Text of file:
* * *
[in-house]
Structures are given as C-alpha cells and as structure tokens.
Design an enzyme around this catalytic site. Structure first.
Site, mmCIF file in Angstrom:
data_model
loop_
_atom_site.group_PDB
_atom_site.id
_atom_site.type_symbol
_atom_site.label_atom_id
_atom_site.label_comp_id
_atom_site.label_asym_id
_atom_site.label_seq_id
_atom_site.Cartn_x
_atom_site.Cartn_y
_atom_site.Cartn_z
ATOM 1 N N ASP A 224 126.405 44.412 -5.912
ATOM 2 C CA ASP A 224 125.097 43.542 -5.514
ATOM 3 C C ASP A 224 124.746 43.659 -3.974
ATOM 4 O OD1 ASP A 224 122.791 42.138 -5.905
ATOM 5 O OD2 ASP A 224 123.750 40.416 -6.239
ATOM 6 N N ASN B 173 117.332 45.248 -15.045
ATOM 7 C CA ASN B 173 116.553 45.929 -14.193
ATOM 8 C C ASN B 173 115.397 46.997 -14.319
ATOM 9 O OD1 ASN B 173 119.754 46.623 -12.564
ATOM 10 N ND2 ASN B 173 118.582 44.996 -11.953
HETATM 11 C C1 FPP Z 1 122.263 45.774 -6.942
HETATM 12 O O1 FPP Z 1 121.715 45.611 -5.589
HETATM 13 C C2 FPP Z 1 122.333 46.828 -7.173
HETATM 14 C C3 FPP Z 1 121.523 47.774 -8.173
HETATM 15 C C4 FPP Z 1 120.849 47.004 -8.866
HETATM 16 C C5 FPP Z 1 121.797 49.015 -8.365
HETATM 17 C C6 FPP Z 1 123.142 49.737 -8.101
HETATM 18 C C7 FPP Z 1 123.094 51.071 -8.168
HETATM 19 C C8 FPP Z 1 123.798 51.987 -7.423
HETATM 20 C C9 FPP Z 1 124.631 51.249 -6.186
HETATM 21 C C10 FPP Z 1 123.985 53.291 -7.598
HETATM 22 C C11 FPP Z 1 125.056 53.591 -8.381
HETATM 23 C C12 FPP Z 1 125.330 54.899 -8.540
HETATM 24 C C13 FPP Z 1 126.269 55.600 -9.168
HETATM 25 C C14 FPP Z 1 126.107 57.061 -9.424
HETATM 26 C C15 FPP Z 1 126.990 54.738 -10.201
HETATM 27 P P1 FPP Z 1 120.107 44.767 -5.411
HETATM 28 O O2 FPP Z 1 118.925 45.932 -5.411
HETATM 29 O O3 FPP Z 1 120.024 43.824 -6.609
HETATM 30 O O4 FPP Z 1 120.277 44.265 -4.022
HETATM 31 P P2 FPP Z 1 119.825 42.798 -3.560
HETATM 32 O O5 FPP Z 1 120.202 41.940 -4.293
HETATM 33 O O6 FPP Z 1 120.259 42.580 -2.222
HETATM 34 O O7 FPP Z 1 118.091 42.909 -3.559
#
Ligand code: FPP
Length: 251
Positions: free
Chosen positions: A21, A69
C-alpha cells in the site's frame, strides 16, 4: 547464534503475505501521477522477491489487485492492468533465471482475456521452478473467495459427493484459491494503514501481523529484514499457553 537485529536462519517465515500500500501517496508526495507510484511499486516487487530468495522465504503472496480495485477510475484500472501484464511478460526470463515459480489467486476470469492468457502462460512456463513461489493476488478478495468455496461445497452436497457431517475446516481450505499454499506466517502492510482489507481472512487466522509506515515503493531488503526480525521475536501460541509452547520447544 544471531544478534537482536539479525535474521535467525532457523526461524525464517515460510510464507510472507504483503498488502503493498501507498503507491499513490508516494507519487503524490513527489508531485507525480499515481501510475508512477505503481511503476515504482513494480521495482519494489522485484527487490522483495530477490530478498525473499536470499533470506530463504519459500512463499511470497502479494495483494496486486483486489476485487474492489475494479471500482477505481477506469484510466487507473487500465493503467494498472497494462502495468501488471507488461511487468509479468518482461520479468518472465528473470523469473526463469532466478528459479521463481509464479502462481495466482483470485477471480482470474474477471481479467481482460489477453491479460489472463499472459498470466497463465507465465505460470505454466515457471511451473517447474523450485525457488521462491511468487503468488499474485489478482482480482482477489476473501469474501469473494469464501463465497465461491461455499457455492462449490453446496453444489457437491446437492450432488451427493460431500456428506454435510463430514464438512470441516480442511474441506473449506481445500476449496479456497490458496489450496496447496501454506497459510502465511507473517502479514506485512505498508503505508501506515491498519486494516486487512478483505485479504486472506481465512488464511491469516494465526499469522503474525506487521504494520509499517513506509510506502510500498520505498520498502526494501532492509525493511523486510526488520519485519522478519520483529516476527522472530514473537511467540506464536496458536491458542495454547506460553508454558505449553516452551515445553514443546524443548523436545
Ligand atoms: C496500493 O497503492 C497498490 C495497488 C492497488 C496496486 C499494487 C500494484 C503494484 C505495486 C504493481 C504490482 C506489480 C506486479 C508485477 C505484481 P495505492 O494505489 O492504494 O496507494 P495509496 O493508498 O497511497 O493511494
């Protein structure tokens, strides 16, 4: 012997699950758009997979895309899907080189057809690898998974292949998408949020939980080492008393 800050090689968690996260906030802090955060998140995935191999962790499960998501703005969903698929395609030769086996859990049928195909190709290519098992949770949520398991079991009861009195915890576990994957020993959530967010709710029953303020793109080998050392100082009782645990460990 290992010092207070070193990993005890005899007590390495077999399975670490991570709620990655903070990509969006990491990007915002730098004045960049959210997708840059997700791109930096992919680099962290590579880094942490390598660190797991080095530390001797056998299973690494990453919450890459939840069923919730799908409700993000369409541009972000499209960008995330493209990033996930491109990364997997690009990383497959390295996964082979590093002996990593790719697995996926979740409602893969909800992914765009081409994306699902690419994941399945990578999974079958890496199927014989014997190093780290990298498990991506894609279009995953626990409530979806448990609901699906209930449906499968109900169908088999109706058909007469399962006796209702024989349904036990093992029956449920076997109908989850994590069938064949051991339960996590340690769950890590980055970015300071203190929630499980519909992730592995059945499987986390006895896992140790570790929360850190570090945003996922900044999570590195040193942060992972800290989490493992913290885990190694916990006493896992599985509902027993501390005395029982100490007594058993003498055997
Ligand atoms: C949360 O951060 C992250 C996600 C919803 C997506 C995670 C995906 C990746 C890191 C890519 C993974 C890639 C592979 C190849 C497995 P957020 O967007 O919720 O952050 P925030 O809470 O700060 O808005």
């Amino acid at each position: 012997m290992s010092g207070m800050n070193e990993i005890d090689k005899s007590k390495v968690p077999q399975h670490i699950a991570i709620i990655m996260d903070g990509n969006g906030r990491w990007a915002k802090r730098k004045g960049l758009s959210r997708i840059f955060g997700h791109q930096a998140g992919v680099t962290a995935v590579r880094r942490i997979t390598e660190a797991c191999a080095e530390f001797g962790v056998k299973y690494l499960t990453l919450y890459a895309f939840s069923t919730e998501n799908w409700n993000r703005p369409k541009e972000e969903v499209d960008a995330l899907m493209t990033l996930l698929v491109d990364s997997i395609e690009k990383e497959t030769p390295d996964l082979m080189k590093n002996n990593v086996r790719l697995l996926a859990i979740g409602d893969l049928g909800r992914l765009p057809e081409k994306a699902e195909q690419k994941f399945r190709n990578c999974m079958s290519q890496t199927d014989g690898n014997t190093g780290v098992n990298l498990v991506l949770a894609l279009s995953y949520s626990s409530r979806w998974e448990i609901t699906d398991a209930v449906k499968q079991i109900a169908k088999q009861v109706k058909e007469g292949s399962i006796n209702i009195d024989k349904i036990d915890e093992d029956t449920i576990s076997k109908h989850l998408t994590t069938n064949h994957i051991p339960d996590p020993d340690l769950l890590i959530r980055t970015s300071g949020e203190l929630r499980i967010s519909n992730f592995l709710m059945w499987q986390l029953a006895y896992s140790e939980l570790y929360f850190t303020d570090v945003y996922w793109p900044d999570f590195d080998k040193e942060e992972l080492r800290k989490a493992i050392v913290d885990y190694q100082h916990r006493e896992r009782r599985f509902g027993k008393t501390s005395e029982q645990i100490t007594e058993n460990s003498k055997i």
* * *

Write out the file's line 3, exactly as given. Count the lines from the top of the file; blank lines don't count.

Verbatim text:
Design an enzyme around this catalytic site. Structure first.